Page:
According to a report from The Guardian, there was a way for the app to access your private messages. It says that WhatsApp's encryption depends on the swapping and verifying of unique digital keys between users, keeping communication between them only. The keys are made with the help of Open Whisper Systems' Signal protocol.
However, the report says that whenever you send a message while the recipient is offline, WhatsApp generates a new encryption key and can automatically resend the unsent PMs. This means that a copy of the message is available and would be accessible to Facebook and governments.
The alleged security loophole was discovered by a PhD cryptography and security researcher from UC Berkeley named Tobias Boelter who fed information to the Guardian: "If WhatsApp is asked by a government agency to disclose its messaging records, it can effectively grant access due to the change in keys."
Steffen Tor Jensen, the European-Bahraini Organisation for Human Rights head of information security and digital counter-surveillance also verified this loophole.
"WhatsApp can effectively continue flipping the security keys when devices are offline and re-sending the message, without letting users know of the change till after it has been made, providing an extremely insecure platform," he told the paper.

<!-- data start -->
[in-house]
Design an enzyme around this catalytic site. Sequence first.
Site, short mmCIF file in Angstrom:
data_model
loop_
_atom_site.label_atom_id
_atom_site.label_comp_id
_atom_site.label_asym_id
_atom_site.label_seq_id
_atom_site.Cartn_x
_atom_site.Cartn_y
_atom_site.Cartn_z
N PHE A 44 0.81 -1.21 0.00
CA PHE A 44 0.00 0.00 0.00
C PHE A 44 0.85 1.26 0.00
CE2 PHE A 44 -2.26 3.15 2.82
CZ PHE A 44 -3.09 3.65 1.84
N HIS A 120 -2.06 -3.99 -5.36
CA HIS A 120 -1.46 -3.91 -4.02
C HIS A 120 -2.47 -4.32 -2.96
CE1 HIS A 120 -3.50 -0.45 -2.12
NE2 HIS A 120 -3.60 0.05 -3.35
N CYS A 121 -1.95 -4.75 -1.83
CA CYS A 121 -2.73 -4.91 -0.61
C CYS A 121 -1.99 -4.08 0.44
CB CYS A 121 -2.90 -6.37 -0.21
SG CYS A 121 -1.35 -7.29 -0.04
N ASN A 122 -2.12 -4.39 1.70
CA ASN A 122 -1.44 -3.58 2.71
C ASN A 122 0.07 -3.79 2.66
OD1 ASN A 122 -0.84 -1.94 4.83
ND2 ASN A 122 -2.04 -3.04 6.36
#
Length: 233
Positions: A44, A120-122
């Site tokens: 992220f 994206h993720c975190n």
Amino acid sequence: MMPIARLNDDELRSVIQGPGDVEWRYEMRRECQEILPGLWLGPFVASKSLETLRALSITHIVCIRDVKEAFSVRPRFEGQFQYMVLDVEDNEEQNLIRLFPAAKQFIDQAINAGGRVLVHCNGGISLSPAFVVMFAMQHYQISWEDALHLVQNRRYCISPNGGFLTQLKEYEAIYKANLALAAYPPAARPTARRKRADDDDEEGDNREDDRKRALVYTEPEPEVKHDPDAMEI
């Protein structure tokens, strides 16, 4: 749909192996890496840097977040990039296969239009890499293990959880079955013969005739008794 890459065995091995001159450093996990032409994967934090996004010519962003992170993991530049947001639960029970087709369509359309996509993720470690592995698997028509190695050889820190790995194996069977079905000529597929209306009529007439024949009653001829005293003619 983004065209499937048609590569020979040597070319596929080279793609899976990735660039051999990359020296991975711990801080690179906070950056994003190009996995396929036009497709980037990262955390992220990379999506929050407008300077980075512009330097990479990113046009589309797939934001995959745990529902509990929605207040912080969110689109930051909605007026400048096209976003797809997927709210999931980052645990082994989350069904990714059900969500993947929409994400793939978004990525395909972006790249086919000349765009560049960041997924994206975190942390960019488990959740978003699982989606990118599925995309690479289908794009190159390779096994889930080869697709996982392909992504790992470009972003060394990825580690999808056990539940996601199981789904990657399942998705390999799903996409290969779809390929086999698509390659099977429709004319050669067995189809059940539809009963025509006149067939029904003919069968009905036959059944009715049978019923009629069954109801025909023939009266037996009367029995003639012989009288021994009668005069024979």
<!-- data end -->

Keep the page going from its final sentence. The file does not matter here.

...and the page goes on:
WhatsApp said that it would be sharing user information, including phone numbers and app use for advertisements with its parent company Facebook in August 2015. This could have been the start of all the suspicions directed towards WhatsApp, however, apprehensions over the WhatsApp user privacy has been rampant ever since Facebook $22 billion acquisition in 2014.
A Facebook spokesperson responded that the claim that WhatsApp has a backdoor allowing governments to force WhatsApp to decrypt messages streams is false, further explaining that WhatsApp does not give governments a backdoor would even fight any government request to create a backdoor.